Support the news
That mani-pedi can pose a health risk for both people involved. Possible fungus or bacteria for the salon client. Possible ill effects from fumes for the salon worker.
The Globe's inimitable Steve Smith called attention to the health hazards of nail salons in this story three years ago, and today the Boston Public Health Commission announced that it will hold a public hearing on Nov. 29 on proposed new rules that would set safety, cleanliness and sanitation requirements for the hundreds of nail salons in Boston. The commission says:
The standards are designed to protect the health of nail technicians, clients, and visitors from the risk of injury or infection due to unsanitary conditions and exposure to hazardous chemicals....
Last month the board gave preliminary approval to a proposed regulation that would standardize nail salon practices, such as hand washing, sterilization of tools, and labeling of chemicals. The proposed regulation comes amid growing concern about the health and safety of workers and clients. Nail technicians, who are exposed to a myriad of potentially hazardous chemicals every day, may experience headaches, dizziness, fatigue, breathing difficulties, and infertility. Inadequate sterilization can lead to allergic reactions, bacterial and fungal infections, and injuries.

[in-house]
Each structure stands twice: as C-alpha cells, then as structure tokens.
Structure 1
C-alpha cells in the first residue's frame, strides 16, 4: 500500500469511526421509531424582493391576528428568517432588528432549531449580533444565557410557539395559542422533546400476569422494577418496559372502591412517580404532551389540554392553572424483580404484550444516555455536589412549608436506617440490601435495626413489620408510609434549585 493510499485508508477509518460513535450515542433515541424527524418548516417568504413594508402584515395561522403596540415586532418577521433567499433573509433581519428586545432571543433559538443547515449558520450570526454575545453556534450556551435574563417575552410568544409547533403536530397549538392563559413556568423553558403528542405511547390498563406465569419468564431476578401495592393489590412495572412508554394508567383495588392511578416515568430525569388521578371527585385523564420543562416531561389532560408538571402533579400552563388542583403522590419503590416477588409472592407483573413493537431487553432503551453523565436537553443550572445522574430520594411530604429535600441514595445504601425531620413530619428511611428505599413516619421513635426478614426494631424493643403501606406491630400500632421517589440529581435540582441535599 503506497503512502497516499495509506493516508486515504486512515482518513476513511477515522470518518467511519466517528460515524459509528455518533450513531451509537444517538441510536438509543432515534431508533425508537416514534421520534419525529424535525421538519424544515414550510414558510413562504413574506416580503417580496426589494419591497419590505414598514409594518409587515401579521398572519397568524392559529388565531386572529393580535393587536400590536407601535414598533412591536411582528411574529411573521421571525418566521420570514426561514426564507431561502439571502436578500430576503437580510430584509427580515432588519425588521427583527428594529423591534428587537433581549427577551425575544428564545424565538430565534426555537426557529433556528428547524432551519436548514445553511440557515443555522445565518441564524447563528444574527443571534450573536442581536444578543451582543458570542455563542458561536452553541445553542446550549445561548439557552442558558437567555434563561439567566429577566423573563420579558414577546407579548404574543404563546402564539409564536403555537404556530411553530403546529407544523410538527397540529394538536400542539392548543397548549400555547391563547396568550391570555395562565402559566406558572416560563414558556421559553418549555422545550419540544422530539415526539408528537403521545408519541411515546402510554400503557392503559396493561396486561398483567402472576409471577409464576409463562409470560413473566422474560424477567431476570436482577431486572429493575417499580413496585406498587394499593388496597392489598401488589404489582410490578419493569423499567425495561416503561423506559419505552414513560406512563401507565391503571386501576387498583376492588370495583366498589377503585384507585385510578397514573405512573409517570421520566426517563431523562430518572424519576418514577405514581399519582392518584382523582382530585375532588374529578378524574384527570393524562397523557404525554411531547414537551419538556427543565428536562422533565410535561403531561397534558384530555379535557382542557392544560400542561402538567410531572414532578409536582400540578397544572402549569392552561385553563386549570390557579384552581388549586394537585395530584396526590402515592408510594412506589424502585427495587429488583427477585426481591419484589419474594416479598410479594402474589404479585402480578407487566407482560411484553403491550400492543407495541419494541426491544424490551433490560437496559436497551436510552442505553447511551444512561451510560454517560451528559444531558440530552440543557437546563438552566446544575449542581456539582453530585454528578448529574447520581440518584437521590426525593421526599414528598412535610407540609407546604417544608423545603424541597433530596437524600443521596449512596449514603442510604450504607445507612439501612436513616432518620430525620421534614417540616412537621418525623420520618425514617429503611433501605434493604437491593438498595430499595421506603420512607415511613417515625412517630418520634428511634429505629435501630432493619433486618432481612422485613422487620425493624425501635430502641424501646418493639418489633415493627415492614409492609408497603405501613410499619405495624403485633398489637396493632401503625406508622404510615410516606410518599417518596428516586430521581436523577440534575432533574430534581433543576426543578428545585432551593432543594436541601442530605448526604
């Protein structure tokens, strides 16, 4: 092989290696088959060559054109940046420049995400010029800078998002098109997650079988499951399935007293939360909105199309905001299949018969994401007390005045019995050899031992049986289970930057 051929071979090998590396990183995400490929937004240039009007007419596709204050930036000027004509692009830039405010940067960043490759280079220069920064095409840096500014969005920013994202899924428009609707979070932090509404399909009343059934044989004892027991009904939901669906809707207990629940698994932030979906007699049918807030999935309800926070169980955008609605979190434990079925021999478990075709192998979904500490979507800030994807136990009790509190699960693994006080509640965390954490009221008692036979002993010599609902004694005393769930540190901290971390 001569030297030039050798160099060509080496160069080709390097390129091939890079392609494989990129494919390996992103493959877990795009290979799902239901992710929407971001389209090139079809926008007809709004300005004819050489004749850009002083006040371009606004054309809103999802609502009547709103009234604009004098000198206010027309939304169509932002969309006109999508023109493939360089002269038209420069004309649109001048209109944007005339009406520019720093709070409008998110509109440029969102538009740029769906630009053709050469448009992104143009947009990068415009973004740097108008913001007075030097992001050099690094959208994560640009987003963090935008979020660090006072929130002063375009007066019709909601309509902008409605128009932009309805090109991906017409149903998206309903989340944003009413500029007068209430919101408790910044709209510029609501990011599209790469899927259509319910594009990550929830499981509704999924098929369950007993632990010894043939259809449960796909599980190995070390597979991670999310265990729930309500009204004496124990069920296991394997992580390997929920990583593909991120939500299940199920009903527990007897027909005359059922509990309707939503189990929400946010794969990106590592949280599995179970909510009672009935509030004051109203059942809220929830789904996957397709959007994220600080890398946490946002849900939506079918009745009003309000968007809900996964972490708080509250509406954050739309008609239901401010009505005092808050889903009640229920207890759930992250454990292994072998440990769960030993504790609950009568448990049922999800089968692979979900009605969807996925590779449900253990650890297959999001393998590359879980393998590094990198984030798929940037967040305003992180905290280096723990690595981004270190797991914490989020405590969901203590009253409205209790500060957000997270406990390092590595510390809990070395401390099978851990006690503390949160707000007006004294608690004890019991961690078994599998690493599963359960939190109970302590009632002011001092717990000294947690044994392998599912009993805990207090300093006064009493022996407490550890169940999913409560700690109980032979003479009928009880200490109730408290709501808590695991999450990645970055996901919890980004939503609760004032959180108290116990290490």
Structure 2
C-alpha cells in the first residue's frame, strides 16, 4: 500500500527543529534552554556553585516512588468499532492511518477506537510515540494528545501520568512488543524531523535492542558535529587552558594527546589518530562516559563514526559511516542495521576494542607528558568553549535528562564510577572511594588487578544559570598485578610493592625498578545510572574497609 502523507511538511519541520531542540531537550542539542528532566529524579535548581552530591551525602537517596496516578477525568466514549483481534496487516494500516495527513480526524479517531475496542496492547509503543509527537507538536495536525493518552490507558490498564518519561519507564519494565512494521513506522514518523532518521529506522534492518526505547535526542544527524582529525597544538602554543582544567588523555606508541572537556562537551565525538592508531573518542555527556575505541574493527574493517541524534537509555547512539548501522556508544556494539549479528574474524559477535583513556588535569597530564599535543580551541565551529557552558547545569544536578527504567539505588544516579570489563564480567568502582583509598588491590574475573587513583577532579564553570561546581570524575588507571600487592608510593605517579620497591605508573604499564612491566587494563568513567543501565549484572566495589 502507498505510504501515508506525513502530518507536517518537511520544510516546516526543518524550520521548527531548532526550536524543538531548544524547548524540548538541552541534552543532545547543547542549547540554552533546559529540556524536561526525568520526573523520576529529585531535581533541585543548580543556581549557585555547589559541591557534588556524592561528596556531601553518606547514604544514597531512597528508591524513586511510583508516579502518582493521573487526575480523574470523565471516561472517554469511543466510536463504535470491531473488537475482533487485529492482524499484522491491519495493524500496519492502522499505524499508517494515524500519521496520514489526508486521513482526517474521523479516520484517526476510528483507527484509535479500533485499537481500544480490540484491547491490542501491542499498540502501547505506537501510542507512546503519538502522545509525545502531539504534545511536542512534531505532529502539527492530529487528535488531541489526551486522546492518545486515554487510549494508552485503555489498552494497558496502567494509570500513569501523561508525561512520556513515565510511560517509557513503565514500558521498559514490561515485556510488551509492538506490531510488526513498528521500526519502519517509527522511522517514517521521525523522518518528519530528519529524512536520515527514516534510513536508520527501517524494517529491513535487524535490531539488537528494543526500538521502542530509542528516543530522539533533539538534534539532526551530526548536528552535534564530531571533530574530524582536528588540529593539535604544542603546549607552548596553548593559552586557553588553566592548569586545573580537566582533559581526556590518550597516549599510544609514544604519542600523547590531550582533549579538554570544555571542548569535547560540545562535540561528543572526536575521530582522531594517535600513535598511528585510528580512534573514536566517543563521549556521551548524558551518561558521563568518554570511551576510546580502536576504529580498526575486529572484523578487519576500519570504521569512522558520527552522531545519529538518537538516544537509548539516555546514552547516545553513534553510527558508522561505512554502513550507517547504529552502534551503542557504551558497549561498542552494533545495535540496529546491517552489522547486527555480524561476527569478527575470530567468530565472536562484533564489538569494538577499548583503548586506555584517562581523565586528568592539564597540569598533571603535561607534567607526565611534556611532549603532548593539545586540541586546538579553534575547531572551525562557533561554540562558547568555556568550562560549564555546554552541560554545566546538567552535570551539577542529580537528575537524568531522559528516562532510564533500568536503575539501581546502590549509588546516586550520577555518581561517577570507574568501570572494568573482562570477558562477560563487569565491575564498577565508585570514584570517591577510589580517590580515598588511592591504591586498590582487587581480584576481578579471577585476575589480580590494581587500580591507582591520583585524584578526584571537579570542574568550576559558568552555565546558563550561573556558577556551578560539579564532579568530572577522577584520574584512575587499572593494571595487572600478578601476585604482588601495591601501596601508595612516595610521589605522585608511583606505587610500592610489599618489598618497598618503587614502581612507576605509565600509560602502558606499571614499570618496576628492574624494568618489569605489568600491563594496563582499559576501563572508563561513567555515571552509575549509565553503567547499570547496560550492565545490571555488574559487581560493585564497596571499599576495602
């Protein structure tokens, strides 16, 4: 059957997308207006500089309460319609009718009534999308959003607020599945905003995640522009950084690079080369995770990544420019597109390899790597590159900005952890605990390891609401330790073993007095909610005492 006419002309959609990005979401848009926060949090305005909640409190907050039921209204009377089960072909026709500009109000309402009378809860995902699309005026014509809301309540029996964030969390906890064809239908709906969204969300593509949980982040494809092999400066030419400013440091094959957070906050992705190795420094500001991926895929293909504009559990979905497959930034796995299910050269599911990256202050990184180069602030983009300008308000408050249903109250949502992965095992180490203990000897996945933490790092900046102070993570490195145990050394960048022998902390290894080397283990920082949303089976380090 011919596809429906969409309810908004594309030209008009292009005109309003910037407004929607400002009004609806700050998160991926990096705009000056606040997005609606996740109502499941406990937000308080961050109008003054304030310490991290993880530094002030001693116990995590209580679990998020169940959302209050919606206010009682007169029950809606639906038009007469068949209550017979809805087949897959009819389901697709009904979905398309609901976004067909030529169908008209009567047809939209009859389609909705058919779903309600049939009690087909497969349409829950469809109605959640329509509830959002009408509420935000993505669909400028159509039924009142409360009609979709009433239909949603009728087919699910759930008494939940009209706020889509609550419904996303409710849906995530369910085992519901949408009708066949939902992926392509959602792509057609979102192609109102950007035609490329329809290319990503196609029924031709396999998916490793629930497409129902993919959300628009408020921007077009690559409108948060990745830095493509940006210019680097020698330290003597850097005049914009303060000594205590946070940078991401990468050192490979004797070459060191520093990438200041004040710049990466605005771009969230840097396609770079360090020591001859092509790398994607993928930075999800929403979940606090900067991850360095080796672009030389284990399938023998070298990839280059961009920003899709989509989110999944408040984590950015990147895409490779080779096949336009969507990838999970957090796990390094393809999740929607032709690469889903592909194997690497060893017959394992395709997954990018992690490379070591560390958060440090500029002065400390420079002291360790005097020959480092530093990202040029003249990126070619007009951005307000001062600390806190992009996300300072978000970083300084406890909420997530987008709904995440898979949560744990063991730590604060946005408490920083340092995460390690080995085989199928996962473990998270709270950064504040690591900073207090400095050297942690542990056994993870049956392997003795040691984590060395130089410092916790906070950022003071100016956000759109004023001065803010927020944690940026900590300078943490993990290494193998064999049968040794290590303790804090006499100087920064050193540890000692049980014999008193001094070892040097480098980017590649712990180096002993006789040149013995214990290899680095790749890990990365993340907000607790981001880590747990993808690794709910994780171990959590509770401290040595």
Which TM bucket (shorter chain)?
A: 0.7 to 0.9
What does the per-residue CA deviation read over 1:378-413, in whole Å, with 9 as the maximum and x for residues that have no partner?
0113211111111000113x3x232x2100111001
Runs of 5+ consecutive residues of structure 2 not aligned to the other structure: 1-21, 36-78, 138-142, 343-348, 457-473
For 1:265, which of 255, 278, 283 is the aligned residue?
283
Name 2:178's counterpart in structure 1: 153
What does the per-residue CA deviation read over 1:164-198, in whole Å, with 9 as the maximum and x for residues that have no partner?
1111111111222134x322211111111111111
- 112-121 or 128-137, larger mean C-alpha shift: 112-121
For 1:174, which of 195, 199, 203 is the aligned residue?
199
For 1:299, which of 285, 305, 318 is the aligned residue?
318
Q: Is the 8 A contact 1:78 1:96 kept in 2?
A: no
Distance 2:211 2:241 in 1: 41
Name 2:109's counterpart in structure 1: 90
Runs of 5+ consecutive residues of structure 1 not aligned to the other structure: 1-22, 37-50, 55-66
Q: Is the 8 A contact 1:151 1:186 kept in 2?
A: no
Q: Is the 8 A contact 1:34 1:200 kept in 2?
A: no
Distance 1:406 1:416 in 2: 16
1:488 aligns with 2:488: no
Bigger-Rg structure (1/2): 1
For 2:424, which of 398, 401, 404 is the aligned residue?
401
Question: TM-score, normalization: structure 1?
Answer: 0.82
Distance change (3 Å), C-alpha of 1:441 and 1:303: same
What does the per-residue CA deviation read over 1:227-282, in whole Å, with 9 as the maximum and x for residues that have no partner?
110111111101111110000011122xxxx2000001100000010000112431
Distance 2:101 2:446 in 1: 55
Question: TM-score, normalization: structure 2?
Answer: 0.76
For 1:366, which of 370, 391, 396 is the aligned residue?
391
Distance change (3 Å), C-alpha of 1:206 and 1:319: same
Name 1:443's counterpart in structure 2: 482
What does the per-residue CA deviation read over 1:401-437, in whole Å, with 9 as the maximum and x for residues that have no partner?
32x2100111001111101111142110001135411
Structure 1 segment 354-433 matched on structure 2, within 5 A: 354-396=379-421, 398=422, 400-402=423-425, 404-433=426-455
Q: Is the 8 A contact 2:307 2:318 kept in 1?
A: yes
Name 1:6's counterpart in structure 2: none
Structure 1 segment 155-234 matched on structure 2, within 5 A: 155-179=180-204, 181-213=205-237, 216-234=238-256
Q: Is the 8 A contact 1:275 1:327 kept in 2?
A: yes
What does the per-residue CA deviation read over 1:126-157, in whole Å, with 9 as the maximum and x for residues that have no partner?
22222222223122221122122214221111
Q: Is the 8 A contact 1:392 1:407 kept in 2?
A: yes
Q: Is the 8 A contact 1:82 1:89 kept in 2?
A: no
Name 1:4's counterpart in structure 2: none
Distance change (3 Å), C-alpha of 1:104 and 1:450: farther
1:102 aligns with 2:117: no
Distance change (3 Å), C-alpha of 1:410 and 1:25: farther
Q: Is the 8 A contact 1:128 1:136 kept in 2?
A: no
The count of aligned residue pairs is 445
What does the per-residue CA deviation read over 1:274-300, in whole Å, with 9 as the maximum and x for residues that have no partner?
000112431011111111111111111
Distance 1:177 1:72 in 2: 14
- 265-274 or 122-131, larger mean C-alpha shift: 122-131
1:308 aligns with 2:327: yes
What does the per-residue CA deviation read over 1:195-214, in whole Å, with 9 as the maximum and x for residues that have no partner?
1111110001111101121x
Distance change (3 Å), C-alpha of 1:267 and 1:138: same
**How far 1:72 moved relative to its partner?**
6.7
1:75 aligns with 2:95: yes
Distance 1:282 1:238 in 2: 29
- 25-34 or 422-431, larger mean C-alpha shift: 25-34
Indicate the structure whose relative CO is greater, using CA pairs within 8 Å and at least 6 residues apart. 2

The proposed regulation would require that the Boston Public Health Commission inspect and permit all nail salons in Boston. An owner of a nail salon found to be in violation of any provision of the proposed regulation may be fined $100 for the first violation, $200 for the second violation within a 12-month period, and $300 for the third and all subsequent violation(s) within a 12- month period. Repeated violations may result in suspension or revocation of the salon’s permit to operate.
The Massachusetts Department of Public Health currently regulates nail salons statewide. The proposed regulations would allow the Boston Public Health Commission to, for the first time, inspect and permit them nail salons, according to a Commission spokeswoman.
This program aired on November 1, 2010. The audio for this program is not available.
Support the news